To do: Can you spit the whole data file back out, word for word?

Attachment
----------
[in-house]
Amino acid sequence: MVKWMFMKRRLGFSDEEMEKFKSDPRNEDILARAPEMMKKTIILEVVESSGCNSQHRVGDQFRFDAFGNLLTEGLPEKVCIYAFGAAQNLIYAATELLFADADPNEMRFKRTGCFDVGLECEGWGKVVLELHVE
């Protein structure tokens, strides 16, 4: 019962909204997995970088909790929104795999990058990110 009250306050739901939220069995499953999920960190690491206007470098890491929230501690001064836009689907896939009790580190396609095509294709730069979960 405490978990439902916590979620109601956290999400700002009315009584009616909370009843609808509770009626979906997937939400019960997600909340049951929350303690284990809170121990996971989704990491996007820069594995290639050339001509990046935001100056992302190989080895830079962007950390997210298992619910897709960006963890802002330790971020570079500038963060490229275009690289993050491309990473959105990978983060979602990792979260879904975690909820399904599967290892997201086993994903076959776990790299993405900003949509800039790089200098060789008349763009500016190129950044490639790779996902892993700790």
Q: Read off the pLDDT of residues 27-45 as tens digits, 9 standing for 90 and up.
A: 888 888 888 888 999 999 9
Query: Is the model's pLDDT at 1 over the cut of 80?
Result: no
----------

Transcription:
[in-house]
Amino acid sequence: MVKWMFMKRRLGFSDEEMEKFKSDPRNEDILARAPEMMKKTIILEVVESSGCNSQHRVGDQFRFDAFGNLLTEGLPEKVCIYAFGAAQNLIYAATELLFADADPNEMRFKRTGCFDVGLECEGWGKVVLELHVE
């Protein structure tokens, strides 16, 4: 019962909204997995970088909790929104795999990058990110 009250306050739901939220069995499953999920960190690491206007470098890491929230501690001064836009689907896939009790580190396609095509294709730069979960 405490978990439902916590979620109601956290999400700002009315009584009616909370009843609808509770009626979906997937939400019960997600909340049951929350303690284990809170121990996971989704990491996007820069594995290639050339001509990046935001100056992302190989080895830079962007950390997210298992619910897709960006963890802002330790971020570079500038963060490229275009690289993050491309990473959105990978983060979602990792979260879904975690909820399904599967290892997201086993994903076959776990790299993405900003949509800039790089200098060789008349763009500016190129950044490639790779996902892993700790």
Q: Read off the pLDDT of residues 27-45 as tens digits, 9 standing for 90 and up.
A: 888 888 888 888 999 999 9
Query: Is the model's pLDDT at 1 over the cut of 80?
Result: no